City Councilmember-elect Francis Benjamin spoke about his work as co-chair of the Pullman 2040 organization and received input at the ASWSU Senate Wednesday night meeting.
Benjamin said the organization was developed because community members were concerned that projects around the city were short term. Pullman 2040 is working on over 50 different projects, Benjamin said. They focus on areas like community, education, development and recreation.
The organization’s steering committee is working toward more student involvement and input, Benjamin said. Several ASWSU senators shared their ideas for what the organization should focus on.
Students are unaware Pullman uses water from the Grande Ronde Aquifer, said Gabrielle Lund, College of Arts and Sciences senator. As an environmental science student, Lund would like to see an awareness campaign to inform students about the aquifer and sustainable resources.
All-Campus Senator Kiana Parsi said she was concerned with some intersections near College Hill, like the B Street and Stadium Way intersection. The intersection is frequently backed up because the left turns must yield to oncoming traffic.
Students have a say in issues like this. Pullman Transit was developed because ASWSU members were concerned about lack of transportation in Pullman, Benjamin said. Pullman 2040 needs feedback from students on transportation issues like roads, turn lanes and bike paths.
ASWSU President Brian Patrick gave an update on his work with WSU administrators. Recently, they discussed tuition payment plans, snow days and making sure student government is efficient.
Patrick serves on the Executive Budget Council. WSU is working with a company called Huron Consulting Group to develop a better financial model, Patrick said.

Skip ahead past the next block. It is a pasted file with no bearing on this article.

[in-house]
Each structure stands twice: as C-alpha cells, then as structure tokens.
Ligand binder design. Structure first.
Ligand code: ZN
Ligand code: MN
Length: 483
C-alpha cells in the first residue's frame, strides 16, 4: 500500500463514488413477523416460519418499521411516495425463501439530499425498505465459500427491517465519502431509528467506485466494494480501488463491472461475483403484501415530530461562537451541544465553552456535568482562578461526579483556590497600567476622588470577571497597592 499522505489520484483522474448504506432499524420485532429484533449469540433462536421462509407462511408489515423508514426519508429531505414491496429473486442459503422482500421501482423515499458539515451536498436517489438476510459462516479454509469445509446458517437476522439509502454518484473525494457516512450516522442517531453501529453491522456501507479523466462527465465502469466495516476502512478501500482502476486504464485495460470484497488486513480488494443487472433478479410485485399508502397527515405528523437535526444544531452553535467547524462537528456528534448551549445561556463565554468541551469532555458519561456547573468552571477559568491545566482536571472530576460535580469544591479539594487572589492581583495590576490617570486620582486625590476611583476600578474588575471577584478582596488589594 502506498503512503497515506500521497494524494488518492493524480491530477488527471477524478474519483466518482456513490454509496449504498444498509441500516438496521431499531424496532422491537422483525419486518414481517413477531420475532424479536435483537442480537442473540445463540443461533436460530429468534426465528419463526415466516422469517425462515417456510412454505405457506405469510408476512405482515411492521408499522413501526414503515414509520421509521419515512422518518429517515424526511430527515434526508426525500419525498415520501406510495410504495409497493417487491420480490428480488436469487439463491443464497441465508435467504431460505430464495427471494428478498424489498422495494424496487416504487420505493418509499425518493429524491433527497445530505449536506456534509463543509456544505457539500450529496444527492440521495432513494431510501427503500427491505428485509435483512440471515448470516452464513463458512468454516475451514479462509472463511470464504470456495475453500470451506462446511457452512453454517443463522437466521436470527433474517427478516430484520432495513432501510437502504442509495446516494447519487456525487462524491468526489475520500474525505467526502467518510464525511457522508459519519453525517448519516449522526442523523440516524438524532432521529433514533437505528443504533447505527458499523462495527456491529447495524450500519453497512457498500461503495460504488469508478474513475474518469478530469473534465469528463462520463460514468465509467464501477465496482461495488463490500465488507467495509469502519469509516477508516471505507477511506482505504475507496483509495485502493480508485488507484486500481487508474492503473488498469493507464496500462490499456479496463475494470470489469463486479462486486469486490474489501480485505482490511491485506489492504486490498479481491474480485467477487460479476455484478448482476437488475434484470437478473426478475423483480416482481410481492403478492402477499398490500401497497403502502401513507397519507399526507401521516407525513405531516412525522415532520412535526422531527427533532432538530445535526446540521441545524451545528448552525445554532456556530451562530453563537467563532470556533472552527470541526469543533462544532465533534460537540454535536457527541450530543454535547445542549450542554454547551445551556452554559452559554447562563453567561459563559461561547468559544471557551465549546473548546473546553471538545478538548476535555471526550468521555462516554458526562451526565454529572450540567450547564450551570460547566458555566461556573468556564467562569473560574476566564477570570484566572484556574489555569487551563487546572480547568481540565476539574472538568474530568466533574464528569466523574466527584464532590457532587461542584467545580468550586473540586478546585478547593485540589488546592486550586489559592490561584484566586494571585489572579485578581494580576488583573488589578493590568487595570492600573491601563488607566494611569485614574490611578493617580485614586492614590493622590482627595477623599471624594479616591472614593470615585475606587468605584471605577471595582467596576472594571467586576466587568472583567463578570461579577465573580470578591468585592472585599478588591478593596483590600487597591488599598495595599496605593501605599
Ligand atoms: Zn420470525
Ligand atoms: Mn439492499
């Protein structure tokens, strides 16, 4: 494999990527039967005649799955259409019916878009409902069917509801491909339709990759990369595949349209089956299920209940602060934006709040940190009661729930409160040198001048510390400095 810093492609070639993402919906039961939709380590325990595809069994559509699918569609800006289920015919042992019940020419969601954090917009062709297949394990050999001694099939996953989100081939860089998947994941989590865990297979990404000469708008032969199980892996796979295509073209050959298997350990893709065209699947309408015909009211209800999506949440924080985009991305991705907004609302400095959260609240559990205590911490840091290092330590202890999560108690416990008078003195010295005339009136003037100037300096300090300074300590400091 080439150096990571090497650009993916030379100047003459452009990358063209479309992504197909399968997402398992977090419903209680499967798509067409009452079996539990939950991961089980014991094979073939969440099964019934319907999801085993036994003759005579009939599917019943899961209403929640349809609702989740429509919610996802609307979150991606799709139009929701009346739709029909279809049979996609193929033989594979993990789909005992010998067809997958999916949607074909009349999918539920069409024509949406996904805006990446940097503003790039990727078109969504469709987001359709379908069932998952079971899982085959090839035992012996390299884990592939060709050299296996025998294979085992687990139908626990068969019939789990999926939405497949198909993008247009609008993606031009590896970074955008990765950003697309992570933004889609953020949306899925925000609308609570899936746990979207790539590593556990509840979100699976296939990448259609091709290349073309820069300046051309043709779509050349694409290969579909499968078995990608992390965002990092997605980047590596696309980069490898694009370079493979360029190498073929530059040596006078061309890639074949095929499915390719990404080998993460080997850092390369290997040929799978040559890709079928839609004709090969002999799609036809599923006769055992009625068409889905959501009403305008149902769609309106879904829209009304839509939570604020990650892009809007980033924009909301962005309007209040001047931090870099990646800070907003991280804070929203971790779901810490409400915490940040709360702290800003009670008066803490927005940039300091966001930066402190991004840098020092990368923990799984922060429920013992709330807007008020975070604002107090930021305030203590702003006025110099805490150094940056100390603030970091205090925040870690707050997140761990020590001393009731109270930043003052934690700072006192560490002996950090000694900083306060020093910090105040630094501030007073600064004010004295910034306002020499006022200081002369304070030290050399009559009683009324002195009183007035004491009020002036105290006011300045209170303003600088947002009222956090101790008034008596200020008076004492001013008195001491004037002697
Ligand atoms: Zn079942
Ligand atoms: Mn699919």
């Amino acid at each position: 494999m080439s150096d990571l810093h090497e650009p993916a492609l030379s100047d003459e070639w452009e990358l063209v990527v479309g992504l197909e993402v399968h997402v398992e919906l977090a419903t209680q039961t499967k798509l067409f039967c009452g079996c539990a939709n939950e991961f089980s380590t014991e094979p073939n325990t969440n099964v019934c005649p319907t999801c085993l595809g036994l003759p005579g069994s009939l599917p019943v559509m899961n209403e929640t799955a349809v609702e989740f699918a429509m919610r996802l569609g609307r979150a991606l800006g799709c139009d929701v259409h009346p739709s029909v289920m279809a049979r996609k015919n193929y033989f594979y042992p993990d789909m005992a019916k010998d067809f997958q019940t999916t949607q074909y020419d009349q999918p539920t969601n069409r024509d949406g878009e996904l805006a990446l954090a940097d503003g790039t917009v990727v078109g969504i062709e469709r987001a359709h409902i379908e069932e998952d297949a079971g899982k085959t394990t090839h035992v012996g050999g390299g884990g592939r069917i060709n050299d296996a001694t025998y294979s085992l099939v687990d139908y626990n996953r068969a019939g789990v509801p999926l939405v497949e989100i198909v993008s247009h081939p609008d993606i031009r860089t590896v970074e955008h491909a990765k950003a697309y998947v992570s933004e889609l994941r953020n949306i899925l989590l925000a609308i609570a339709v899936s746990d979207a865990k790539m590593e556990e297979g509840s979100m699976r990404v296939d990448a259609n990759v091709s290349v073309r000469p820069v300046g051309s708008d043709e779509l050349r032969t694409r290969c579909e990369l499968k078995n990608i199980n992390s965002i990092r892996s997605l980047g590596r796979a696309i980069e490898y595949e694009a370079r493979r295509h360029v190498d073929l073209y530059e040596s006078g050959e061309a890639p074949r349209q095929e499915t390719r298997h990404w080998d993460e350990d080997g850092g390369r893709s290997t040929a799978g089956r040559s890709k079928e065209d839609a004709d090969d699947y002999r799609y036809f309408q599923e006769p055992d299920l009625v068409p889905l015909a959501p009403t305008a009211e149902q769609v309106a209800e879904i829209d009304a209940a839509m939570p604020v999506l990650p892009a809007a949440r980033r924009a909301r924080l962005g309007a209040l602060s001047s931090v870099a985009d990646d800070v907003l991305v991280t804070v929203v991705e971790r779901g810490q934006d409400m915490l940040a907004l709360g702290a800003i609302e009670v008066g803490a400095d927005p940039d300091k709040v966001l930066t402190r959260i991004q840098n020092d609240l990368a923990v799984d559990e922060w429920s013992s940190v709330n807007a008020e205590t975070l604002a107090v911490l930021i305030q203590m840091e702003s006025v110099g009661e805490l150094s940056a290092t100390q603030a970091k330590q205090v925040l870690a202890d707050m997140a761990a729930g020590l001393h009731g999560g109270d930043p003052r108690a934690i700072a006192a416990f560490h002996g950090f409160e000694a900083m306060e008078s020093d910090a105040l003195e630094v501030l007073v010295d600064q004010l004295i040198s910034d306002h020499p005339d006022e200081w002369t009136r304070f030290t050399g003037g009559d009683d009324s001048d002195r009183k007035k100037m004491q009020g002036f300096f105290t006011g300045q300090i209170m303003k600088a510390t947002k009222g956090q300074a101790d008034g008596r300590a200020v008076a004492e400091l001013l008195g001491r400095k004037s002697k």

Pro Tempore Katie Carstens said she acknowledged universities function to make money, but also hoped there was a voice advocating for the university as an institution of education.
Patrick said he agreed that there should be a voice for the educational aspect of the university. Huron proposes different financial models, and the university decides which model they want to follow. The company has worked with other universities across the country to develop their own financial models, he said.
Patrick said he is also working with the Children’s Miracle Network Hospitals to develop a fundraising event for March 2023.
The senate passed a bill requiring senators who miss meetings, events and office hours to make up their missed time through other activities. Excused and unexcused absences can be made up by attending meetings and events of other Registered Student Organizations but are subject to discretion by Carstens, she said.
This is to make sure senators are continuing to do the work they are paid for, Carstens said.
The senate also passed a resolution asking to increase the number of community service officers at WSU from one to four.
The university is looking to replace Coug Bikes with a new form of transportation, said University Affairs Director Sam Gerlach. Electric scooters are under consideration.
University Recreation staff must locate and return the Coug Bikes to their racks every day. Often, they are left at the bottom of hills on the south side of campus. The work also takes longer if they are understaffed, she said. The Coug Bikes will likely go back to Gotcha, the company that owns them.
ASWSU is hosting a campus cleanup day 2:30-5 p.m. Dec. 3 on Glenn Terrell Mall outside the Compton Union Building, Carstens said. Garbage bags and gloves will be provided, as well as hot cocoa and cider at the end.